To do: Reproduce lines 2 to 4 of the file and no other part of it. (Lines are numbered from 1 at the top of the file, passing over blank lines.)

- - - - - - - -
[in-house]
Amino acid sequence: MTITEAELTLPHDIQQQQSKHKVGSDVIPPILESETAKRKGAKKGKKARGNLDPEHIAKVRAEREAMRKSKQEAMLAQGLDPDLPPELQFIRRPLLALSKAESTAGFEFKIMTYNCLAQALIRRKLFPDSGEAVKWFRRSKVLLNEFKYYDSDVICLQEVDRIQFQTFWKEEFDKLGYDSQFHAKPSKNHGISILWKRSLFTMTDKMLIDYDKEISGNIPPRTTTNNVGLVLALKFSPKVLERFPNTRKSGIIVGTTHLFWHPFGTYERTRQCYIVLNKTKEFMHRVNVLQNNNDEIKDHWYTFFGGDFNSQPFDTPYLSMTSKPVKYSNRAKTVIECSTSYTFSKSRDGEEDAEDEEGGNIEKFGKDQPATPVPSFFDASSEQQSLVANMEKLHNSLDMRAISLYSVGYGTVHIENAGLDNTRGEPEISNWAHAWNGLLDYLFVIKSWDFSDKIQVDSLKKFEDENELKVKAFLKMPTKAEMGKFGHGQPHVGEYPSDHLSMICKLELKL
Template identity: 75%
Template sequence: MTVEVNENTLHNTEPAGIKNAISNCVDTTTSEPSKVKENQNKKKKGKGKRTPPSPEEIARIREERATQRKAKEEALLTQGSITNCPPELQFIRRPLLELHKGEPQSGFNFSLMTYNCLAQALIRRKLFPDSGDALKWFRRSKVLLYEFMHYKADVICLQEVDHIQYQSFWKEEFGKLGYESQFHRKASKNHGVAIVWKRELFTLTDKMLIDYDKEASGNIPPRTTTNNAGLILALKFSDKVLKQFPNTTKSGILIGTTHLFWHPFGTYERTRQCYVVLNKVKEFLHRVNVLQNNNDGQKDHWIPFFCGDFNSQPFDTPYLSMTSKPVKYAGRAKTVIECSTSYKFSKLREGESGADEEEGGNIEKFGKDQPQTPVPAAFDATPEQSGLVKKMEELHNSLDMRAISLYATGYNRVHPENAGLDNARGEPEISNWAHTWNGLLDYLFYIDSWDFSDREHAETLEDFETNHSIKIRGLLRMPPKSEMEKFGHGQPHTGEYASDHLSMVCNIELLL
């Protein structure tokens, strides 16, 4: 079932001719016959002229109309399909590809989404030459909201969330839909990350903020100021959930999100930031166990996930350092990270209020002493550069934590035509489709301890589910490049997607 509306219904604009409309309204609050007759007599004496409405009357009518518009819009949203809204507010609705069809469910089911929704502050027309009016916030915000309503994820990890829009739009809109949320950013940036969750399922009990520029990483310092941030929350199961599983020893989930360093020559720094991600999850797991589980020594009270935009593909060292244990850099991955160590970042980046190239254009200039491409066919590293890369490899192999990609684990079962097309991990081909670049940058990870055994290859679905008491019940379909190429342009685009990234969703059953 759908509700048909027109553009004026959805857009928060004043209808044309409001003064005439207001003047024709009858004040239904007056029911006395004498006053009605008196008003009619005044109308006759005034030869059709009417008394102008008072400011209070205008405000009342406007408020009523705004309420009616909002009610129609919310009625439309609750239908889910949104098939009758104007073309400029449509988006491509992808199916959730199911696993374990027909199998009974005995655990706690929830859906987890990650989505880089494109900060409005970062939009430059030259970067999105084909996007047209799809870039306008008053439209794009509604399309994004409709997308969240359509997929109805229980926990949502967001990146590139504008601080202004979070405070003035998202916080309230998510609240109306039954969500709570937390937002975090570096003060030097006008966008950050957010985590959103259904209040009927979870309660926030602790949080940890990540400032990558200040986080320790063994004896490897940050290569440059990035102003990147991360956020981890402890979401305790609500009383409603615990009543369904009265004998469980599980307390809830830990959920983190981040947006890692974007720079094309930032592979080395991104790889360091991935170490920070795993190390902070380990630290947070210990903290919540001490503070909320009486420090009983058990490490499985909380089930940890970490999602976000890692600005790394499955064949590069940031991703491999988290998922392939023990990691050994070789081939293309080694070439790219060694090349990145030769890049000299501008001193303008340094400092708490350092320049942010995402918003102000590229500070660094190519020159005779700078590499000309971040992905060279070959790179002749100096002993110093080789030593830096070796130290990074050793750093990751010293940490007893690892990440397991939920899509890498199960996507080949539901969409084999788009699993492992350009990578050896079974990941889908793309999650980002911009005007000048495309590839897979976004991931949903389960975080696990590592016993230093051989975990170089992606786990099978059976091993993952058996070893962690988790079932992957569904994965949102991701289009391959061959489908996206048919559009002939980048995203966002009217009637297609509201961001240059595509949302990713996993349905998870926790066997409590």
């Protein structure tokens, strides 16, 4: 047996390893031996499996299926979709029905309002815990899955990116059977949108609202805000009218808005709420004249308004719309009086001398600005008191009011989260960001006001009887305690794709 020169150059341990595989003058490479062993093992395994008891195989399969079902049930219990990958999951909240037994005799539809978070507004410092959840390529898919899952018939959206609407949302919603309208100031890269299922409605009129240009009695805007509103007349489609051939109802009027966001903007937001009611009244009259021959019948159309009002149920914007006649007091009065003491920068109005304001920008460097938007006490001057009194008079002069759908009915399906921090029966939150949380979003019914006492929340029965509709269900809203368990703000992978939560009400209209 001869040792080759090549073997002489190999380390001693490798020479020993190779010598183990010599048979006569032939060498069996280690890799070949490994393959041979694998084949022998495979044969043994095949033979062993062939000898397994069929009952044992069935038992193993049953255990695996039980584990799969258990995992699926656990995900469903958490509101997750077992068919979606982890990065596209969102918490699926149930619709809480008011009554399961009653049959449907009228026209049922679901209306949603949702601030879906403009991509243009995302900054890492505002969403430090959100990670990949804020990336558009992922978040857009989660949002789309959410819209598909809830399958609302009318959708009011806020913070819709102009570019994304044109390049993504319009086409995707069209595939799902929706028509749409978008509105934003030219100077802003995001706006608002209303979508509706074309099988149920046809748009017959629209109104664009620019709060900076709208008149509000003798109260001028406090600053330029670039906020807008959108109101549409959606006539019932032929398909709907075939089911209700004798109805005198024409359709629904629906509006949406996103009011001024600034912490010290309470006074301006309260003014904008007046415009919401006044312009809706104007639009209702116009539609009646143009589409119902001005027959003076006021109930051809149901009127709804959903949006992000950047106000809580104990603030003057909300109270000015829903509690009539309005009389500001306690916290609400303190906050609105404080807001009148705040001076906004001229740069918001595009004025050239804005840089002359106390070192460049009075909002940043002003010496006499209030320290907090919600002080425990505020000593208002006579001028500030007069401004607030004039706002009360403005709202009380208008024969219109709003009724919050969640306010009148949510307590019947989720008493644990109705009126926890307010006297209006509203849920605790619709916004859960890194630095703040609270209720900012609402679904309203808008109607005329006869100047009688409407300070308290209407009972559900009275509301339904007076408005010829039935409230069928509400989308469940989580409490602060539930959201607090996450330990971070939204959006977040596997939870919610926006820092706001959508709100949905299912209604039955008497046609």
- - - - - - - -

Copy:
Amino acid sequence: MTITEAELTLPHDIQQQQSKHKVGSDVIPPILESETAKRKGAKKGKKARGNLDPEHIAKVRAEREAMRKSKQEAMLAQGLDPDLPPELQFIRRPLLALSKAESTAGFEFKIMTYNCLAQALIRRKLFPDSGEAVKWFRRSKVLLNEFKYYDSDVICLQEVDRIQFQTFWKEEFDKLGYDSQFHAKPSKNHGISILWKRSLFTMTDKMLIDYDKEISGNIPPRTTTNNVGLVLALKFSPKVLERFPNTRKSGIIVGTTHLFWHPFGTYERTRQCYIVLNKTKEFMHRVNVLQNNNDEIKDHWYTFFGGDFNSQPFDTPYLSMTSKPVKYSNRAKTVIECSTSYTFSKSRDGEEDAEDEEGGNIEKFGKDQPATPVPSFFDASSEQQSLVANMEKLHNSLDMRAISLYSVGYGTVHIENAGLDNTRGEPEISNWAHAWNGLLDYLFVIKSWDFSDKIQVDSLKKFEDENELKVKAFLKMPTKAEMGKFGHGQPHVGEYPSDHLSMICKLELKL
Template identity: 75%
Template sequence: MTVEVNENTLHNTEPAGIKNAISNCVDTTTSEPSKVKENQNKKKKGKGKRTPPSPEEIARIREERATQRKAKEEALLTQGSITNCPPELQFIRRPLLELHKGEPQSGFNFSLMTYNCLAQALIRRKLFPDSGDALKWFRRSKVLLYEFMHYKADVICLQEVDHIQYQSFWKEEFGKLGYESQFHRKASKNHGVAIVWKRELFTLTDKMLIDYDKEASGNIPPRTTTNNAGLILALKFSDKVLKQFPNTTKSGILIGTTHLFWHPFGTYERTRQCYVVLNKVKEFLHRVNVLQNNNDGQKDHWIPFFCGDFNSQPFDTPYLSMTSKPVKYAGRAKTVIECSTSYKFSKLREGESGADEEEGGNIEKFGKDQPQTPVPAAFDATPEQSGLVKKMEELHNSLDMRAISLYATGYNRVHPENAGLDNARGEPEISNWAHTWNGLLDYLFYIDSWDFSDREHAETLEDFETNHSIKIRGLLRMPPKSEMEKFGHGQPHTGEYASDHLSMVCNIELLL